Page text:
As numerous states around the country have already shown, we can significantly reduce the footprint of community supervision while increasing public safety and well-being. Probation and parole should practice procedural justice — treating people under supervision and their families with fairness and dignity. We must support the transformation of our field to focus on supporting people’s success on probation and parole.

EXiT’s plan is to support executives, policymakers, and advocates to substantially reduce the number of people under supervision and focus resources on those who need the most help. They will do so through rapid response, targeted technical assistance; testimony at hearings and public convenings; public communications and messaging; and thought leadership by developing and disseminating cutting-edge policies and practices.

EXiT’s launch comes at a moment ripe for the transformation they seek.

Though rates of supervision (as with other forms of correctional control) have decreased since their peak in 2007, there are still more than twice as many men and women on probation or parole as there are incarcerated in the U.S.: 4.5 million people as of the most recent available national numbers. That’s more people than the population in 25 states. This works out to 1 in 55 adult Americans who are on probation or parole, and this is not evenly distributed - 1 in 23 Black men and women are under supervision. In many places, probation and parole supervision has become a driver of incarceration rather than an alternative to it - nationally, 1 in 4 people who entered prisons in 2017 were incarcerated for technical, non-criminal supervision violations, costing $2.8 billion.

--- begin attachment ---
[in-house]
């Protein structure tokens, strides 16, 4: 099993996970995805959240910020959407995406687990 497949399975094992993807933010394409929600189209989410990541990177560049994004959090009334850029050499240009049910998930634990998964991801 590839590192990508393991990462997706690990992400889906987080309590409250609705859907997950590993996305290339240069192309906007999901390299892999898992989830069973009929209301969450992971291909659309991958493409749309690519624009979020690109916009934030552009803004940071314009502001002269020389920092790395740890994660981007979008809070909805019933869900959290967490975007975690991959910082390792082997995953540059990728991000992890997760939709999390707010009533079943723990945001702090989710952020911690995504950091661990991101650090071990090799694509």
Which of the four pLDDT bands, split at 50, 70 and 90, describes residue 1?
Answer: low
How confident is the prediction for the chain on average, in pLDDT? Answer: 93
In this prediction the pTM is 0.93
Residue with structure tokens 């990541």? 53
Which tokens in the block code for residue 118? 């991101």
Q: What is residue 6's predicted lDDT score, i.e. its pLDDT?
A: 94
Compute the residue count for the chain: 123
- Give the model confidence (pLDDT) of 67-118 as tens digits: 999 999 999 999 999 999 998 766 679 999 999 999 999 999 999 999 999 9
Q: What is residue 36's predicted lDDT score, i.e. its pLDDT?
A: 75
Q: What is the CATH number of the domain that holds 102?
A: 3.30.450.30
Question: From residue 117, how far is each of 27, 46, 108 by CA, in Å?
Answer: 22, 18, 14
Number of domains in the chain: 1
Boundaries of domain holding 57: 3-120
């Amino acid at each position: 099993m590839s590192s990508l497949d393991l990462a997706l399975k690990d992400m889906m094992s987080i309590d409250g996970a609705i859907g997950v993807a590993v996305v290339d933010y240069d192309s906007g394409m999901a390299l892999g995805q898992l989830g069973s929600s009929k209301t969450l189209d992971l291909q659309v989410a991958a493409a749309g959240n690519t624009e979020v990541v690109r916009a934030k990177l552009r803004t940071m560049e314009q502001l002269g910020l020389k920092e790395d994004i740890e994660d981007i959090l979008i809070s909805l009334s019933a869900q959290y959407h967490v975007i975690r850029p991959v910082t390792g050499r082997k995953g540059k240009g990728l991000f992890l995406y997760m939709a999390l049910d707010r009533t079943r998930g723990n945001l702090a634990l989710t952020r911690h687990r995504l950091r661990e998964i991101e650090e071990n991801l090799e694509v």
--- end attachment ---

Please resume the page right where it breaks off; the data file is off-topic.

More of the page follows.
Data like this led EXiT members to state:

Probation and parole have grown far too large because people are being supervised who should not be and are being kept on supervision for far too long. For those under community supervision, it is often too punitive and focused on suppression, surveillance, and control, rather than well-being and growth.

The Statement on the Future of Probation and Parole presents several calls to action to address mass supervision, which can be summarized as return, reduce, and restore:

RETURN probation & parole to their original purpose: to help and support men and women to stay in or return to the community

  • Tailor conditions of probation and parole to the needs and goals of each individual
  • Conditions should never be imposed unless they specifically relate to the person’s offense behavior
  • Establish reasonable probation and parole terms that are not unnecessarily long (generally no longer than 18 months), and are measured by a balance of an individual’s goals and public safety concerns
  • Eliminate supervision fees. If fees are levied, they should always be within the person’s ability to pay and the person should have the option of performing reasonable community service as an alternative.